NEW YORK, March 17 — The S&P 500 .SPX closed up more than 2 per cent while the Nasdaq rallied almost 4 per cent on Wednesday as investors shrugged off initial jitters following the US Federal Reserve’s interest rate increase and its signal that more hikes would be needed to fight inflation, ending the pandemic-era’s easy monetary policy.
The central bank announced a quarter-percentage-point increase in its benchmark overnight rate as was widely expected but the projection that its rate would hit between 1.75 per cent and 2 per cent by year’s end was more hawkish than some investors said they had expected.
While the Fed flagged the massive uncertainty the economy faces from the war between Russia and Ukraine and the ongoing Covid-19 crisis, it said “ongoing increases” in the target federal funds rate “will be appropriate” to curb the highest inflation the country has witnessed in 40 years.
While the major indexes pared earlier gains sharply and the S&P and the Dow both dipped into the red briefly after the Fed statement, the indexes steadied as Fed chair Jerome Powell spoke at a press conference.
Jim Paulsen, chief investment strategist at The Leuthold Group in Minneapolis said investors may be relieved the Fed is taking action against surging inflation.
“Hearing the Fed finally ‘say and act’ to tackle inflation is somewhat calming for the investment community, and for Main Street struggling with higher inflation,” he said.
But other market analysts were concerned the aggressive rate hike projected could cause the economy to skid.
“This looks like a Fed that is intending on causing recession in order to stamp out the inflation problem and that is as short sighted as calling inflation transitory a year ago,” Scott Ladner, chief investment officer, Horizon Investments, Charlotte, North Carolina.
Joseph LaVorgna, Americas chief economist at Natixis in New York was also skeptical.
“They’re going to try to be aggressive here in raising rates. I wish Jay Powell and company all the best of luck because they’re not going to get anywhere near as they think, unless they’re willing to throw a lot of people out of jobs, because that’s what’s going to happen. Because we’re going to have a recession. This is a recession forecast,” he said.
“I just don’t see the Fed being able to engineer this kind of tightening for what right now is inflationary demand destruction.”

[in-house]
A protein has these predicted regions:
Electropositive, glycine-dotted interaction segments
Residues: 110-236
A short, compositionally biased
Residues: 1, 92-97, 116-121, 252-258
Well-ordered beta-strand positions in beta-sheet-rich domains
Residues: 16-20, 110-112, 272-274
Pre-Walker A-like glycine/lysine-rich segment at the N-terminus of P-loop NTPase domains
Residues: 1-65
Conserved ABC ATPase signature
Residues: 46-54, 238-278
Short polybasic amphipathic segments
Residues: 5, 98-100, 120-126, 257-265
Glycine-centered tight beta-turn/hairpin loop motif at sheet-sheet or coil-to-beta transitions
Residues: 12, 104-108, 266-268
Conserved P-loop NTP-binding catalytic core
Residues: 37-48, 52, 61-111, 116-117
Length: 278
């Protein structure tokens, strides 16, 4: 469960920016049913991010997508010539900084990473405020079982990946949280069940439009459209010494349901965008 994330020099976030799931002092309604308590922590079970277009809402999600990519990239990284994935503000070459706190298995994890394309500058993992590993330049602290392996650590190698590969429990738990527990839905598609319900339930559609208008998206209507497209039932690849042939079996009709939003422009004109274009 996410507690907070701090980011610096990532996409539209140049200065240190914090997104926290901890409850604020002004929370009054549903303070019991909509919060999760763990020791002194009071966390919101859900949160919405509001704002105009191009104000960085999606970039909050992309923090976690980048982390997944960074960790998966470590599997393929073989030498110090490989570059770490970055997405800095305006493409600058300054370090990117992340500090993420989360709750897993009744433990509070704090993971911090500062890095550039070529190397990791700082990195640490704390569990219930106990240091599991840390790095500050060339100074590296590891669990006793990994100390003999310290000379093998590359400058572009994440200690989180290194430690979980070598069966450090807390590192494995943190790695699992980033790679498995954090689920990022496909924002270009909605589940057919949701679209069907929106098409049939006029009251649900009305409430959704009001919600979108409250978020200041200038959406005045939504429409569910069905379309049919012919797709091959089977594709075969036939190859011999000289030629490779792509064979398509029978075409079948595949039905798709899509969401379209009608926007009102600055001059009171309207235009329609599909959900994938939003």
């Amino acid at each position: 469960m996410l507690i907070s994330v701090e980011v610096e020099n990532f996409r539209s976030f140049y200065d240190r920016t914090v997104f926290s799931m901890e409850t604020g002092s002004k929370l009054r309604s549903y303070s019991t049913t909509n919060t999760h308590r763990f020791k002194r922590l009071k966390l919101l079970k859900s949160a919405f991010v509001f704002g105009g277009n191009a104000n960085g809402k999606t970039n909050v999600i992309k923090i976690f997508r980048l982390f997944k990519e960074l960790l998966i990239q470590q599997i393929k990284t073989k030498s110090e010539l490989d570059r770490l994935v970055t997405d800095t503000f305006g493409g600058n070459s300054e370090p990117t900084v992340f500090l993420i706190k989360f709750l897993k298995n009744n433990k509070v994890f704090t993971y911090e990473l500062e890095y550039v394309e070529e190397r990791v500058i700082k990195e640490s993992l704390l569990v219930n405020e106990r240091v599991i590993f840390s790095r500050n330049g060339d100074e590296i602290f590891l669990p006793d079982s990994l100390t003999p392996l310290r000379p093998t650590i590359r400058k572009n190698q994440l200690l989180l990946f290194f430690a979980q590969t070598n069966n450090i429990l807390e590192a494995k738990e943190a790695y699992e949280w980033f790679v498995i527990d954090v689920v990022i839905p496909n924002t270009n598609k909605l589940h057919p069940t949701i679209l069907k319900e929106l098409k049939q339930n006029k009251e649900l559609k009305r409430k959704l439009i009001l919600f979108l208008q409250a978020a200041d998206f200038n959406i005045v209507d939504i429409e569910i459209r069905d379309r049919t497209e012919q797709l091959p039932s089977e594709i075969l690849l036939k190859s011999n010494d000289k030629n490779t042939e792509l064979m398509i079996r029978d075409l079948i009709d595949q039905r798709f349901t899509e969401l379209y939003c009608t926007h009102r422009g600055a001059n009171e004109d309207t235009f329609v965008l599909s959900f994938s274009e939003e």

The Dow Jones Industrial Average .DJI rose 518.76 points, or 1.55 per cent, to 34,063.1, the S&P 500 .SPX gained 95.41 points, or 2.24 per cent, to 4,357.86 and the Nasdaq Composite .IXIC added 487.93 points, or 3.77 per cent, to 13,436.55.
Of the S&P 500’s 11 major industry sectors, the biggest gainers were sectors that had fallen sharply in a recent sell off with consumer discretionary .SPLRCD and technology .SPLRCT both finishing up more than 3 per cent while communications services .SPLRCL and financials .SPSY added almost 3 per cent.
Only two of the sectors ended the day in the red with energy .SPNY falling 0.4 per cent and utilities .SPLRCU losing 0.2 per cent.
Historical data suggests tighter monetary policy has often been accompanied by solid gains in stocks. The S&P 500 has returned an average 7.7 per cent in the first year the Fed raises rates, according to a Deutsche Bank study of 13 hiking cycles since 1955.
Ahead of the Fed statement stocks had been rallying as talk of compromise from both Moscow and Kyiv on a status for Ukraine outside of NATO lifted hope on Wednesday for a potential breakthrough after three weeks of war.
The global mood had also been lifted earlier by China’s promise to roll out more stimulus for the economy and keep markets stable.
Advancing issues outnumbered declining ones on the NYSE by a 3.78-to-1 ratio; on Nasdaq, a 3.79-to-1 ratio favored advancers.
The S&P 500 posted 15 new 52-week highs and 1 new lows; the Nasdaq Composite recorded 29 new highs and 93 new lows.
On US exchanges 15.82 billion shares changed hands compared with the 14.04 billion 20-day moving average. — Reuters